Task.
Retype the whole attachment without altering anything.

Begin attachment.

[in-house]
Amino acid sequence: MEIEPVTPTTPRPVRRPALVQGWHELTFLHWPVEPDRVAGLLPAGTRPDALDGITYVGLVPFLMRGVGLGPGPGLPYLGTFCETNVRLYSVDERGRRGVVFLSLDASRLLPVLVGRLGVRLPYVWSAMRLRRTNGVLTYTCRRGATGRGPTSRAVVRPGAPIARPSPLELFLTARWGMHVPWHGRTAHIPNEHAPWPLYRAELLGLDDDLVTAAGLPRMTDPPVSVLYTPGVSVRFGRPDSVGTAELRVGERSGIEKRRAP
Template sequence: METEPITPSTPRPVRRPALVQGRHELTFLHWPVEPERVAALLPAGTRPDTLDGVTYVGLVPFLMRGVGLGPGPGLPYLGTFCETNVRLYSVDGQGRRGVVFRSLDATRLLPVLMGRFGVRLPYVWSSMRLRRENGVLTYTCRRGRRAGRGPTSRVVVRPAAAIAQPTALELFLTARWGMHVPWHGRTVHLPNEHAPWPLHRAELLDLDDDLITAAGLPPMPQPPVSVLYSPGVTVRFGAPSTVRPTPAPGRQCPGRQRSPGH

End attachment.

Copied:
[in-house]
Amino acid sequence: MEIEPVTPTTPRPVRRPALVQGWHELTFLHWPVEPDRVAGLLPAGTRPDALDGITYVGLVPFLMRGVGLGPGPGLPYLGTFCETNVRLYSVDERGRRGVVFLSLDASRLLPVLVGRLGVRLPYVWSAMRLRRTNGVLTYTCRRGATGRGPTSRAVVRPGAPIARPSPLELFLTARWGMHVPWHGRTAHIPNEHAPWPLYRAELLGLDDDLVTAAGLPRMTDPPVSVLYTPGVSVRFGRPDSVGTAELRVGERSGIEKRRAP
Template sequence: METEPITPSTPRPVRRPALVQGRHELTFLHWPVEPERVAALLPAGTRPDTLDGVTYVGLVPFLMRGVGLGPGPGLPYLGTFCETNVRLYSVDGQGRRGVVFRSLDATRLLPVLMGRFGVRLPYVWSSMRLRRENGVLTYTCRRGRRAGRGPTSRVVVRPAAAIAQPTALELFLTARWGMHVPWHGRTVHLPNEHAPWPLHRAELLDLDDDLITAAGLPPMPQPPVSVLYSPGVTVRFGAPSTVRPTPAPGRQCPGRQRSPGH